‘Will those fools who believe the Chinese example – that is a free market with a political dictatorship – is a good model for the Third World for once understand it (my above point)?
The Chinese Embassy in Peru today lodged stern representations against Mr Vargas’s commentary, accusing him of attacking China ‘irresponsibly’ and making ‘ridiculous and evil’ argument.
In a statement, the diplomatic mission criticised Mr Vargas for linking the virus’s origin with China.
It said: ‘Viruses don’t have borders and are the common enemy of mankind. It is unreasonable [for one] to accuse or criticise a different political system. Nor will it resolve any issues.
‘We hereby reiterate that all countries have the right to choose a development route that is suitable for their own situation.’
So far, the coronavirus pandemic has killed more than 6,600 people and infected over 170,000
The health crisis has caused chaos in Europe as well as the US. Pictured, an international traveller wearing a face mask arrives at Los Angeles International Airport (LAX) on March 12
Coronavirus fears have gripped the United States with multiple cities going into lockdown. People are pictured walking by LA Live center in downtown Los Angeles on March 15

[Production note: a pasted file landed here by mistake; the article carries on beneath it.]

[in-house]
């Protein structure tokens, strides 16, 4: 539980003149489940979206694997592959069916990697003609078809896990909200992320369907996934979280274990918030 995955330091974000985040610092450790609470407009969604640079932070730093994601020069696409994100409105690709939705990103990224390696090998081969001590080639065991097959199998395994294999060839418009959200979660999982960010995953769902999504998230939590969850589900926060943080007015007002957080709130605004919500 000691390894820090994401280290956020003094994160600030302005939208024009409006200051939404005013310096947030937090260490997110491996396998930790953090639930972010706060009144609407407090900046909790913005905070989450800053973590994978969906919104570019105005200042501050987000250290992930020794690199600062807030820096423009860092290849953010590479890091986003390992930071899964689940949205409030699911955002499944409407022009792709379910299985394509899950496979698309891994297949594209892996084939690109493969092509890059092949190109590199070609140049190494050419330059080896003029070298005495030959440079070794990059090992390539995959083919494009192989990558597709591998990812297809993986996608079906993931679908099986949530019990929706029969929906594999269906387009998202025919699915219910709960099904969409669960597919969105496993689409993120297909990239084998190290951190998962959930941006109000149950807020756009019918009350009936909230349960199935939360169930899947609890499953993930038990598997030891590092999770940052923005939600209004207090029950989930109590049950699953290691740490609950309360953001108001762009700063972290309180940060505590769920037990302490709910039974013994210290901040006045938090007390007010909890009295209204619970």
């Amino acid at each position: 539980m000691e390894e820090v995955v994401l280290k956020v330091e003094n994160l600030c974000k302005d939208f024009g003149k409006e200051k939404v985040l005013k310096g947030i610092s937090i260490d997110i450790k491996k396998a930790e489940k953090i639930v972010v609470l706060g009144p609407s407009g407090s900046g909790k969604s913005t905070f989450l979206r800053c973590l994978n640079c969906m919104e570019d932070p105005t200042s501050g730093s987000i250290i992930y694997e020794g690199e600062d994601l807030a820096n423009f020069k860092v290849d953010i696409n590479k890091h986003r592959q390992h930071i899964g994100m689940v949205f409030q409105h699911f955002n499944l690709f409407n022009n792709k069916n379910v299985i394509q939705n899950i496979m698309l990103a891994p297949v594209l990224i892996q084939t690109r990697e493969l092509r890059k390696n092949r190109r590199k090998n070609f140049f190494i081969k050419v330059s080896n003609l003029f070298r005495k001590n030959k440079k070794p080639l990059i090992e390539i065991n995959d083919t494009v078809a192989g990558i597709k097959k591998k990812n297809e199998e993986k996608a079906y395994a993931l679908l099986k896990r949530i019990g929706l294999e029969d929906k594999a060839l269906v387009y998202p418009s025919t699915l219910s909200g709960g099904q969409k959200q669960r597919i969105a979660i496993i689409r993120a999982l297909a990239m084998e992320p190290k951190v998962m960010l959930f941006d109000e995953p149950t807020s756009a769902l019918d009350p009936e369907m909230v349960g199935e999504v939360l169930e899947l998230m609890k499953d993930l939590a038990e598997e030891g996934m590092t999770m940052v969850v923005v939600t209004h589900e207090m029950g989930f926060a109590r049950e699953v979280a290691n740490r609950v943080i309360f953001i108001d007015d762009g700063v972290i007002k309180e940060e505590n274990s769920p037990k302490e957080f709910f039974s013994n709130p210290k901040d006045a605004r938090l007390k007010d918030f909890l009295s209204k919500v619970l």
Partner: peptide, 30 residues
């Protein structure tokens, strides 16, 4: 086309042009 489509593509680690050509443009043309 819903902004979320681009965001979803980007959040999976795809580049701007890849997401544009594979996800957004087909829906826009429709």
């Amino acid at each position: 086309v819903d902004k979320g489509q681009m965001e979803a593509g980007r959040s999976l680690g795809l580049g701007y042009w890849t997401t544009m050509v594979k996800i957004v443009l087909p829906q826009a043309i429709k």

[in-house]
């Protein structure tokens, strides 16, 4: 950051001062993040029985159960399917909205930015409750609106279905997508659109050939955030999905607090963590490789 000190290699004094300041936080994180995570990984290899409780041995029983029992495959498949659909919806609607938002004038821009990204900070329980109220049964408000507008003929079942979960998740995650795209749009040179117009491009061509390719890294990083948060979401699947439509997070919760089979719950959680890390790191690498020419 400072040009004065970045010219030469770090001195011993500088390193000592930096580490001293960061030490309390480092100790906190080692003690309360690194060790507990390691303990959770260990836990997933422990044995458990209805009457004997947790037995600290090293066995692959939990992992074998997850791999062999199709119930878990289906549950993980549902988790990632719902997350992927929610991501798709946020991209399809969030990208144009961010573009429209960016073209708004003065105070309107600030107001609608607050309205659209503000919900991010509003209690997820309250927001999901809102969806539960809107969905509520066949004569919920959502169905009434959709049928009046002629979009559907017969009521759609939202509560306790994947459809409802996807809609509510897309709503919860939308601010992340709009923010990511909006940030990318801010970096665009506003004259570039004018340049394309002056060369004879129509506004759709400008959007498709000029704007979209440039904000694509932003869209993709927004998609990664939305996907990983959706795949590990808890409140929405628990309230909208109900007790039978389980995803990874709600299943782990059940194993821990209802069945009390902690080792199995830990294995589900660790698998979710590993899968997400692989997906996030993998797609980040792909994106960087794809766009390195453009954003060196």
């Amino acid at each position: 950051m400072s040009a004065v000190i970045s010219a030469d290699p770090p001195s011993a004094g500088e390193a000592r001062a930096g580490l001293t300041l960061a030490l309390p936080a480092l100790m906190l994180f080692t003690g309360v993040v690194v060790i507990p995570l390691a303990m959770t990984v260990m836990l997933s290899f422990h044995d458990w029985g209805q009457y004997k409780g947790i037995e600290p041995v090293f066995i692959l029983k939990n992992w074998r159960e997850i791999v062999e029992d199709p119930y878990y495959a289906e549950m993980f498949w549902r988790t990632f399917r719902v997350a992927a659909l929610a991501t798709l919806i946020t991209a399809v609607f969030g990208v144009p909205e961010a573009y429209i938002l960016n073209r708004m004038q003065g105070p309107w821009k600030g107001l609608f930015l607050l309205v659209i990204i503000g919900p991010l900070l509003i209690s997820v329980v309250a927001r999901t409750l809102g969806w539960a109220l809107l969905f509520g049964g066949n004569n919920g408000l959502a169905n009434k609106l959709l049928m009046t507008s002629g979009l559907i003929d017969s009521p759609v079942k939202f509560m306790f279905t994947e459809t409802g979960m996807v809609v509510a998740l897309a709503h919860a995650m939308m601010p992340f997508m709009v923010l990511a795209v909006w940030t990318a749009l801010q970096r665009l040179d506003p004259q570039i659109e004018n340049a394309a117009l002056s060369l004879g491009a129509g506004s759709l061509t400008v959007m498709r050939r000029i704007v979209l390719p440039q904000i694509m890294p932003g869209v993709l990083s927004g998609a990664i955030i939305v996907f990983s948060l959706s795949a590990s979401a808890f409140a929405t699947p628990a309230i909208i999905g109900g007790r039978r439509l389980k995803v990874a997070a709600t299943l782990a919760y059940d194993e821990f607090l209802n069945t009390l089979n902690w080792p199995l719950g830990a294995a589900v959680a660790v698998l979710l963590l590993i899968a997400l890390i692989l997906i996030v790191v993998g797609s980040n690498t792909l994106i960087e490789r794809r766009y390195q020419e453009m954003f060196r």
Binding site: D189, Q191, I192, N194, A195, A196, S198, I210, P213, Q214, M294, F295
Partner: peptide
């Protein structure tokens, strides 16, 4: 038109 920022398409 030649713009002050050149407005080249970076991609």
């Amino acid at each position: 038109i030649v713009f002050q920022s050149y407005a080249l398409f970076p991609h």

The letter went on to hail the ‘series of unprecedented and effective’ measures taken by the Communist Party to curb the epidemic.
It praised the Chinese people for their great ‘efforts and sacrifice’ in ‘locking the virus in its epicentre and winning time for other countries’ to fight the outbreak.
It continued: ‘We don’t know if Mr Vargas Llosa has made any contribution to the fight against the epidemic for Europe and Peru, but at the same time, the Chinese side is indeed providing great support and help for all sides to battle the disease.
‘Therefore, in this special and critical juncture, [we] urge Vargas Llosa that, as a public figure, if [you] cannot make contributions, at least do not spread irresponsible, evil comments that are filled with prejudice. ‘
Mr Vargas was awarded the Nobel Prize in Literature in 2010 ‘for his cartography of structures of power and his trenchant images of the individual’s resistance, revolt, and defeat.’
The news comes as China tries to deflect blame for the contagion and reframe itself as a country that took decisive steps to buy the world time by placing huge swathes of its population under quarantine.
It also comes as the epicentre of the coronavirus outbreak has shifted from China to Europe, with Italy and Spain among the worst hit.
China’s President Xi is pictured delivering a speech at Wuhan’s Huoshenshan Hospital, a makeshift medical facility built from scratch in 10 days, as he visits the epicentre on March 10
More than 60,000 people have been infected and over 2,400 people have died of the virus in Europe, including some 24,700 cases and 1,800 deaths in Italy and over 9,400 cases and 335 deaths in Spain.
Infections and deaths in the UK have soared to 1,543 and 40.
Meanwhile, global deaths and infections have overtaken those inside China for the first time since the beginning of the outbreak in December.
More than 93,000 people outside China have been infected by the virus, compared to 80,955 in China.
While over 3,400 international fatalities have occurred in comparison to 3,213 deaths reported by Beijing.